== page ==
(Mur"za) n. One of the hereditary nobility among the Tatars, esp. one of the second class.
This word must not be confounded with the Persian Mirza, though perhaps of the same origin.
(||Mus) n.; pl. Mures [L., a mouse.] (Zoöl.) A genus of small rodents, including the common mouse
(||Mu"sa) n.; pl. Musæ [NL., fr. Ar. mauz, mauza, banana.] (Bot.) A genus of perennial, herbaceous,
endogenous plants of great size, including the banana the plantain (M. paradisiaca of Linnæus, but probably
not a distinct species), the Abyssinian the Philippine Island (M. textilis, which yields Manila hemp), and
about eighteen other species. See Illust. of Banana and Plantain.
(Mu*sa"ceous) a. Of, pertaining to, or resembling, plants of the genus Musa.
(Mus"al) a. Of or pertaining to the Muses, or to Poetry. [R.]
(Mu*sang") n. (Zoöl.) A small animal of Java allied to the civets. It swallows, but does not
digest, large quantities of ripe coffee berries, thus serving to disseminate the coffee plant; hence it is
called also coffee rat.
(Mu"sar) n. An itinerant player on the musette, an instrument formerly common in Europe.
(Mu"sard) n. [F., fr. muser to loiter, trifle. See Muse, v. i.] A dreamer; an absent-minded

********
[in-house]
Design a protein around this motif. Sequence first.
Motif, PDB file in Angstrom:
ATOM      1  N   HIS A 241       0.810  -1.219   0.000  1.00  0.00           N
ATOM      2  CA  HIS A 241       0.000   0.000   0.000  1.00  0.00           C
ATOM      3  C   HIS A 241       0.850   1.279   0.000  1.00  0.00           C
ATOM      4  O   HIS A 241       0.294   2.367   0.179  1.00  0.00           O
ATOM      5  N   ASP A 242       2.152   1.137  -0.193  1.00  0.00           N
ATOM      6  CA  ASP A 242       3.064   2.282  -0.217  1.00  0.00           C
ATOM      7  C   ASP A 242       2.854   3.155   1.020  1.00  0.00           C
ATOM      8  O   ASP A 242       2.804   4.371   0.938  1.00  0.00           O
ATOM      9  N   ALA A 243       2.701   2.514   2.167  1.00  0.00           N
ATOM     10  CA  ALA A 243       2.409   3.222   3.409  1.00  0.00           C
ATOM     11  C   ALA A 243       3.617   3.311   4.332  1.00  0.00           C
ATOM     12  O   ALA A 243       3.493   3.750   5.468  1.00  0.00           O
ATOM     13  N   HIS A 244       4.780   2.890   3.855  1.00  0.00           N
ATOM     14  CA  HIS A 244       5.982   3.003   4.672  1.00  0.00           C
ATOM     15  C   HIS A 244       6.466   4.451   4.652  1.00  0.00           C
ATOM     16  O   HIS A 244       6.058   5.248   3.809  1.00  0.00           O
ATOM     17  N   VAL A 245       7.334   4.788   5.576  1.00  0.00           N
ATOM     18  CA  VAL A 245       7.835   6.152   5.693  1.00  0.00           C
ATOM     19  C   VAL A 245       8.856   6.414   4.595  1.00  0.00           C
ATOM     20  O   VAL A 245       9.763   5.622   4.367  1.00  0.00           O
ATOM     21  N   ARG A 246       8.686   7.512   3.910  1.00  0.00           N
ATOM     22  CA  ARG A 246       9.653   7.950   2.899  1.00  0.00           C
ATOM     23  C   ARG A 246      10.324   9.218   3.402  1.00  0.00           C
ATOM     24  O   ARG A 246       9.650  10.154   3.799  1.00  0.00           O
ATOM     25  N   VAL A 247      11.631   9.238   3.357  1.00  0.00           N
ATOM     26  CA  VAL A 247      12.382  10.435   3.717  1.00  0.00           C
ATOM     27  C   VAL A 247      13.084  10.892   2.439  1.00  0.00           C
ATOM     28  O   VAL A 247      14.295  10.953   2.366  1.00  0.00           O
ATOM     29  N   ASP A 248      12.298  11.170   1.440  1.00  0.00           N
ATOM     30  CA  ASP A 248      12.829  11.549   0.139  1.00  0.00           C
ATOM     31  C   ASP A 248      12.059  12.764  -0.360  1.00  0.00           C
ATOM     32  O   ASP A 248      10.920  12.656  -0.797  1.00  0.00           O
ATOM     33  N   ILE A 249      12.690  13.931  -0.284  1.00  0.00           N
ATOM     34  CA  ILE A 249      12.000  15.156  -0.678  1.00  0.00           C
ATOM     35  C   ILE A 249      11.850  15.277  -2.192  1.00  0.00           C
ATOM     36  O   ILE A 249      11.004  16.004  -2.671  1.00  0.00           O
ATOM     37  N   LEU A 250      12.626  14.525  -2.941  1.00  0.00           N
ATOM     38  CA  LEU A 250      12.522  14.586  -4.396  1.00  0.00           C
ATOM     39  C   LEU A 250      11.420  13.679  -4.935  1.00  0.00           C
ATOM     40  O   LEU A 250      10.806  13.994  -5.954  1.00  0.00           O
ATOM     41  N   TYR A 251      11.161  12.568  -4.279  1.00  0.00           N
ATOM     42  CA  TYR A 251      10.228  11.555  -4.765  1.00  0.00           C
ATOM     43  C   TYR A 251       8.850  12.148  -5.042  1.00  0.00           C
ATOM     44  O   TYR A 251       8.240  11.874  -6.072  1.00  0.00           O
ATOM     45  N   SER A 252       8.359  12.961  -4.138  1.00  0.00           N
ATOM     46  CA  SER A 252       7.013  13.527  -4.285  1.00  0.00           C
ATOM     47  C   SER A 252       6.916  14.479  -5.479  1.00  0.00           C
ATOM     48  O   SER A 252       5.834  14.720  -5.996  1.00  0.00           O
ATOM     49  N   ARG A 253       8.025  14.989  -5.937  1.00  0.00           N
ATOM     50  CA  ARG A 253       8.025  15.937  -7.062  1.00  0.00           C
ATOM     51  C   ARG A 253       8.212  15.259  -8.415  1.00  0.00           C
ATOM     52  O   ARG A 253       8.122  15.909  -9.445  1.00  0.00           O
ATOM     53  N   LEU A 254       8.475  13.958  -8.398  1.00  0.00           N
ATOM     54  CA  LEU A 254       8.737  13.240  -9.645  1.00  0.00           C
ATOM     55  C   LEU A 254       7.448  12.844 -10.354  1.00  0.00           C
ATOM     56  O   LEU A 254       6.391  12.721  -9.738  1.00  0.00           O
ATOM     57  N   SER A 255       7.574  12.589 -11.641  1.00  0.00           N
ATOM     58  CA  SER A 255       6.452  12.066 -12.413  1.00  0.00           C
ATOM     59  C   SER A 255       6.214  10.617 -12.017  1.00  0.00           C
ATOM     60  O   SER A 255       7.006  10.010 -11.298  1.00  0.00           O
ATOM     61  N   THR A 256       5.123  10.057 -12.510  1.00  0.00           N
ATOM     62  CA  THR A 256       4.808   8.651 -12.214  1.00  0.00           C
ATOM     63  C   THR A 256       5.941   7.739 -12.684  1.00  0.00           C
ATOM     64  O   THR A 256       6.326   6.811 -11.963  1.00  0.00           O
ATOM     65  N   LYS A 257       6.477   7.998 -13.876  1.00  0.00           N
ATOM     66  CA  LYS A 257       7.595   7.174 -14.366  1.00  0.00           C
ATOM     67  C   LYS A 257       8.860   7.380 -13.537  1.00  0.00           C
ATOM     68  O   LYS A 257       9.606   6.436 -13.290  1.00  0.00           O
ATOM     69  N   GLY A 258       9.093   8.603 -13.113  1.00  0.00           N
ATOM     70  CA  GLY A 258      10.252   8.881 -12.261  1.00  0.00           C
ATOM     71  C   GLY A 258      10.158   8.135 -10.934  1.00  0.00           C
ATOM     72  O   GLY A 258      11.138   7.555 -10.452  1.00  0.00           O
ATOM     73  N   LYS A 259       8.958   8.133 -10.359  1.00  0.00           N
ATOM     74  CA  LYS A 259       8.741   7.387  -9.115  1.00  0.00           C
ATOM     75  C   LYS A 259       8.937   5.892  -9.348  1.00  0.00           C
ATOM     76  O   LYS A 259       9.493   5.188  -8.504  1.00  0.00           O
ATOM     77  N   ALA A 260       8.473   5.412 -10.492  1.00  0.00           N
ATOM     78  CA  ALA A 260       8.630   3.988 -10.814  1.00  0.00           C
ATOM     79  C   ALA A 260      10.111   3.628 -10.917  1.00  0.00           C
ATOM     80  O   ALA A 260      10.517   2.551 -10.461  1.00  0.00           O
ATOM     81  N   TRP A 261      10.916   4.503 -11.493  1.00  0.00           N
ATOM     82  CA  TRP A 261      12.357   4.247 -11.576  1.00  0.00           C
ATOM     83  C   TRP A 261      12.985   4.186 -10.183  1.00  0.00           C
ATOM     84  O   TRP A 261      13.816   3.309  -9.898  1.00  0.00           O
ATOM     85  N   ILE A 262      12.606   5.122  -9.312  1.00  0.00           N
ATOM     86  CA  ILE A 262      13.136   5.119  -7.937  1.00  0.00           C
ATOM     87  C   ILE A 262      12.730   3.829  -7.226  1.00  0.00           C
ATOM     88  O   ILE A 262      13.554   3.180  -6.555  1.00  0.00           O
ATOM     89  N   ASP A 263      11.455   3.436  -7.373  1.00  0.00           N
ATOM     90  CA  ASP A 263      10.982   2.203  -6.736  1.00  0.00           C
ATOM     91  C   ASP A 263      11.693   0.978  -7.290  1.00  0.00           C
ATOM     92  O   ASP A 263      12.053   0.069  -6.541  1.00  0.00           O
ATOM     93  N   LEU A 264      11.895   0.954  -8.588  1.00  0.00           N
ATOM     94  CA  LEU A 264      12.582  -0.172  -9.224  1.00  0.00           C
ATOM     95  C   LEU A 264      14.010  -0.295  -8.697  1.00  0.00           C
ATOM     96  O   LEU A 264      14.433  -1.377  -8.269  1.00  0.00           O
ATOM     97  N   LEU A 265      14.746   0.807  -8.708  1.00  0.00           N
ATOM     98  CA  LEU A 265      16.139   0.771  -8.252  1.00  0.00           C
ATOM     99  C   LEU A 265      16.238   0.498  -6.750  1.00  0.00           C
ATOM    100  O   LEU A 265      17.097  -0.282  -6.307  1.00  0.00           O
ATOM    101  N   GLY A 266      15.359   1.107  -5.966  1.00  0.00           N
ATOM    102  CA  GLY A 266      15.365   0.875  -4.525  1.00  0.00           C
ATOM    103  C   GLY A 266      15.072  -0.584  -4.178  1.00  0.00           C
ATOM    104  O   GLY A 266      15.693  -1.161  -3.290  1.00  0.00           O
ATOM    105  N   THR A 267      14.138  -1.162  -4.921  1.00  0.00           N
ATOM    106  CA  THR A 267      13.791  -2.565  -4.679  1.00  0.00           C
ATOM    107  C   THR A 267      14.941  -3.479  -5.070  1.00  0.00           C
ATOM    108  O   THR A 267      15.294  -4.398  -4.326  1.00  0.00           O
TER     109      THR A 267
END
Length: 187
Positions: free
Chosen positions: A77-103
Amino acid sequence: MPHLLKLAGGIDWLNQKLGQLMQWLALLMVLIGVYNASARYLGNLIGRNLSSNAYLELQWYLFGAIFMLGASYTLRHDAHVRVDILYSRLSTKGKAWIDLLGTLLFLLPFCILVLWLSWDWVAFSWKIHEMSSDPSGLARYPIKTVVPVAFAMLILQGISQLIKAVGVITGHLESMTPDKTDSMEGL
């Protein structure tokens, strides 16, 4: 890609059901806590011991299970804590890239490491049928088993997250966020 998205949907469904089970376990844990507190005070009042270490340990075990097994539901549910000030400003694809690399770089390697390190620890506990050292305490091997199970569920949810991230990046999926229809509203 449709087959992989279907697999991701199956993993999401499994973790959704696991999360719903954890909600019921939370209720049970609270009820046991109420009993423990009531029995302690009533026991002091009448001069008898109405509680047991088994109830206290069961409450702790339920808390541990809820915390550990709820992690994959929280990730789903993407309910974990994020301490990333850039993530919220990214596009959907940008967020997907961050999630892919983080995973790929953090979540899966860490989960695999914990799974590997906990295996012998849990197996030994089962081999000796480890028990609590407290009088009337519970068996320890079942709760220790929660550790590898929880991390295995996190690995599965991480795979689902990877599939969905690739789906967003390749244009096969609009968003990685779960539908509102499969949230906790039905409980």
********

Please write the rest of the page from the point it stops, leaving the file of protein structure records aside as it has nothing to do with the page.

person. [Obs.] Rom. of R.
(||Mus"ca) n.; pl. Muscæ [L., a fly.]
1. (Zoöl.) A genus of dipterous insects, including the common house fly, and numerous allied species.
Formerly, a large part of the Diptera were included under the genus Musca.
2. (Astron.) A small constellation situated between the Southern Cross and the Pole.
||Muscæ volitantes [L., flying flies.] (Med.) Specks or filaments apparently seen moving or gliding about
in the field of vision. Their appearance is often a symptom of disease of the eye, or of disorder of the
(Mus"ca*del`) n. [It. moscadello, moscatello, LL. muscatellum or muscadellum fr. muscatellus
nutmeglike, dim. of muscatus smelling like musk, muscatum and muscata (sc. nux) nutmeg: cf. F.
muscadelle, fr. Italian. See Musk and cf. Moschatel, Muscardin, Muscat, Nutmeg.] See Muscatel,
Quaffed off the muscadel.Shak.
(Mus"ca*dine) n. [See Muscadel.]
1. (Bot.) A name given to several very different kinds of grapes, but in America used chiefly for the
scuppernong, or southern fox grape, which is said to be the parent stock of the Catawba. See Grapevine.
2. (Bot.) A fragrant and delicious pear.
3. (Zoöl.) See Muscardin.
Northern muscadine (Bot.), a derivative of the northern fox grape, and scarcely an improvement upon
it. Royal muscadine (Bot.), a European grape of great value. Its berries are large, round, and of a
pale amber color. Called also golden chasselas.